September 7, 2010 •
The Georgia State Ethics Commission ruled that campaign candidate to candidate contributions must adhere to the limitations expressed under O.C.G.A. section 21-5-41.
The Commission determined the language in section 21-5-33(b)(1)(B) of the Georgia Ethics in Government Act which states a candidate is free to transfer excess contributions “without limitation to any national, state, or local committee of any political party or to any candidate” is not referencing an absence of limitation on such contributions, but is instead referencing the types of organizations to which such excess contributions may be contributed.
For further reading:
“Advisory Opinion – S.E.C. 2010-06,” by the Georgia State Ethics Commission.
This post is a follow-up to my previous article on Georgia campaign finance from August 30, 2010 – “Georgia Ethics Commission Advisory Opinion Coming,” by Joe May.
September 1, 2010 •
The state’s current campaign contribution limits will remain intact at least until after this year’s general elections.
A federal judge rejected Republican strategist Greg McNeilly’s request for an injunction on the limits, which have remained unchanged since 1976.
McNeilly argued the limits have not kept pace with inflation and constitute an infringement on his First Amendment rights. In Michigan, individuals can donate $500 to a candidate for state House, and $1,000 to a Senate candidate.
The lawsuit seeking to strike down these campaign contribution limits will be heard, but not before the November 2 election.
This post is a follow-up to a previous article on Michigan campaign finance from July 7 – “Michigan Campaign Contribution Limits Challenged,” by Steve Quinn.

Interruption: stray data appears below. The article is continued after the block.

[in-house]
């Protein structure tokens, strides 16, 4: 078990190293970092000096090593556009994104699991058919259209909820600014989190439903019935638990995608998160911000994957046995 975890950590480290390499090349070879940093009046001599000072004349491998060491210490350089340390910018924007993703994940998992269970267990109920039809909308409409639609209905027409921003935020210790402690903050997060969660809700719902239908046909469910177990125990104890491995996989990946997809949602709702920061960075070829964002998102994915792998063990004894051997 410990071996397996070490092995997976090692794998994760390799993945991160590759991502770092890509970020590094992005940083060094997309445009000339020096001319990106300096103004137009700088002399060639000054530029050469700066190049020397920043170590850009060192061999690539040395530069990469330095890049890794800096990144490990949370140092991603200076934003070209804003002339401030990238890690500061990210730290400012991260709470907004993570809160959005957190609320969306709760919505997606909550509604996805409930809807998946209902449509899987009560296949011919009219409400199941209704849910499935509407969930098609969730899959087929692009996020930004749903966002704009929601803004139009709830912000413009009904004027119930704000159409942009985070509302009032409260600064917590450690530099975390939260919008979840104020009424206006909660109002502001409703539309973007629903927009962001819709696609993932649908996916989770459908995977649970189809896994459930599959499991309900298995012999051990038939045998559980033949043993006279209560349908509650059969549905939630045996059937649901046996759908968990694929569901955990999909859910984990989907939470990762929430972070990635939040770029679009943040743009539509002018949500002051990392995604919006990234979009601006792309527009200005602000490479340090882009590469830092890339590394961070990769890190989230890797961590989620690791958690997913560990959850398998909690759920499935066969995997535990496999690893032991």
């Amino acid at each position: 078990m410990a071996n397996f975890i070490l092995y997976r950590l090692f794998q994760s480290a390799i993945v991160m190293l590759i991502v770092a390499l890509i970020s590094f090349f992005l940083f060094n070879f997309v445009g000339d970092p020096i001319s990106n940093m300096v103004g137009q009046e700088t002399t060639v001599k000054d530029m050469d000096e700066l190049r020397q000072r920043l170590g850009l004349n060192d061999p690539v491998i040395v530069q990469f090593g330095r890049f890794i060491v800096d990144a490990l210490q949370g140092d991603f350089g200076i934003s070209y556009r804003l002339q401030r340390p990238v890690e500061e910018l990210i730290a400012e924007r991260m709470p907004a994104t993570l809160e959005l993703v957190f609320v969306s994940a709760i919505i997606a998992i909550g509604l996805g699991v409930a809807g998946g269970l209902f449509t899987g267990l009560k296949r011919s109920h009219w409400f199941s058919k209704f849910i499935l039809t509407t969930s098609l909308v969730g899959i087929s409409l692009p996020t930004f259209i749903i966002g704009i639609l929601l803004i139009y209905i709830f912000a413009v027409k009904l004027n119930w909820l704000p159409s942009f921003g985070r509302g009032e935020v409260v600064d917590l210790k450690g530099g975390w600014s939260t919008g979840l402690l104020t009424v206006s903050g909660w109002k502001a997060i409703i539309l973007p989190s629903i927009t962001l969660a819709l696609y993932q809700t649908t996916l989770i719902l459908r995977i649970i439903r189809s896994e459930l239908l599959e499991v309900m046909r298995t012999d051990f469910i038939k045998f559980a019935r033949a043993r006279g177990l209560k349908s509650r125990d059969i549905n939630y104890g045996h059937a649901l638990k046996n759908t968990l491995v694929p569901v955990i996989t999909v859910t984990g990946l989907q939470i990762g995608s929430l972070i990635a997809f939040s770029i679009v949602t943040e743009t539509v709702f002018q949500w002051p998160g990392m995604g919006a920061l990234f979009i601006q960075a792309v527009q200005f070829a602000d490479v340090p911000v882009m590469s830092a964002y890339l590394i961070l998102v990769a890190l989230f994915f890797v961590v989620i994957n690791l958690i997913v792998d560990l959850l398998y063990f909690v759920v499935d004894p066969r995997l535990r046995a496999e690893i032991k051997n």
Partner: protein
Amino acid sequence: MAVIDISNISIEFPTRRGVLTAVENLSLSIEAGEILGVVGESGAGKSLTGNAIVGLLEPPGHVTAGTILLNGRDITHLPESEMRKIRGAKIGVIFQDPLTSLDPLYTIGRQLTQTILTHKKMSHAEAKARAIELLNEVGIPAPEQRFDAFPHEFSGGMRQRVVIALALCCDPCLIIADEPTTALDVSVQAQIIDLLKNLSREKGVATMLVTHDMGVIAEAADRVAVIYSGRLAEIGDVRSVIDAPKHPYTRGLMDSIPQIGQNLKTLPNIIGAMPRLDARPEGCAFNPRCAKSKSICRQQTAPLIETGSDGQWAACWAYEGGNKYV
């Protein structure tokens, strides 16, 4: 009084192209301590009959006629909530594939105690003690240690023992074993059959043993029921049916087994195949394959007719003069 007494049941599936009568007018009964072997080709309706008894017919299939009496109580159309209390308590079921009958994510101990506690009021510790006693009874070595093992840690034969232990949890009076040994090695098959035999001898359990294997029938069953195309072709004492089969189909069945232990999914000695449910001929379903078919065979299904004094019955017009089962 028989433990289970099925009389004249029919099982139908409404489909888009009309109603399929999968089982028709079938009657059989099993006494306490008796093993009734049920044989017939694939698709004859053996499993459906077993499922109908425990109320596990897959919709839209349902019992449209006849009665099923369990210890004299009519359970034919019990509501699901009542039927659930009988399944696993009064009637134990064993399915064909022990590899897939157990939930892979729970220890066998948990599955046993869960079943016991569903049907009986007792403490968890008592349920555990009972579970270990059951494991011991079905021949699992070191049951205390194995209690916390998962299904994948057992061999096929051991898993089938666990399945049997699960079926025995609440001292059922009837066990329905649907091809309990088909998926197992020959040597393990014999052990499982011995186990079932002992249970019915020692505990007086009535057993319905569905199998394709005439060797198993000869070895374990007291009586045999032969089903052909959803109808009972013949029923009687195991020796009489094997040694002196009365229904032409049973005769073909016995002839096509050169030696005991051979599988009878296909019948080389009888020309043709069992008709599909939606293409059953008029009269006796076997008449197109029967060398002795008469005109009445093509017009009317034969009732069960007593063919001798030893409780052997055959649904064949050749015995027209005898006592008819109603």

August 30, 2010 •
The State Ethics Commission of Georgia is expected to issue an advisory opinion in the coming weeks concerning limits on campaign candidate to candidate contributions in the state.
Jim Walls, who runs the watchdog Web site AtlantaUnfiltered.com, has requested the opinion after language concerning such contributions and any limitations imposed was recently questioned before the State Ethics Commission. A vote by the Commission could remove caps on such contributions in the near future; however, if the vote were to remove the caps, it is expected to result in a bill being introduced before the state legislature to impose clear limits on these contributions.
For further reading:
“Ethics Commission to issue advisory opinion on campaign transfers,” by Walter Jones in the Rome News-Tribune.
“Law setting funding limits in elections could be gutted,” by Jim Walls in the Atlanta Journal-Constitution.
Here is letter of request by Jim Walls to the State Ethics Commission of Georgia.
August 27, 2010 •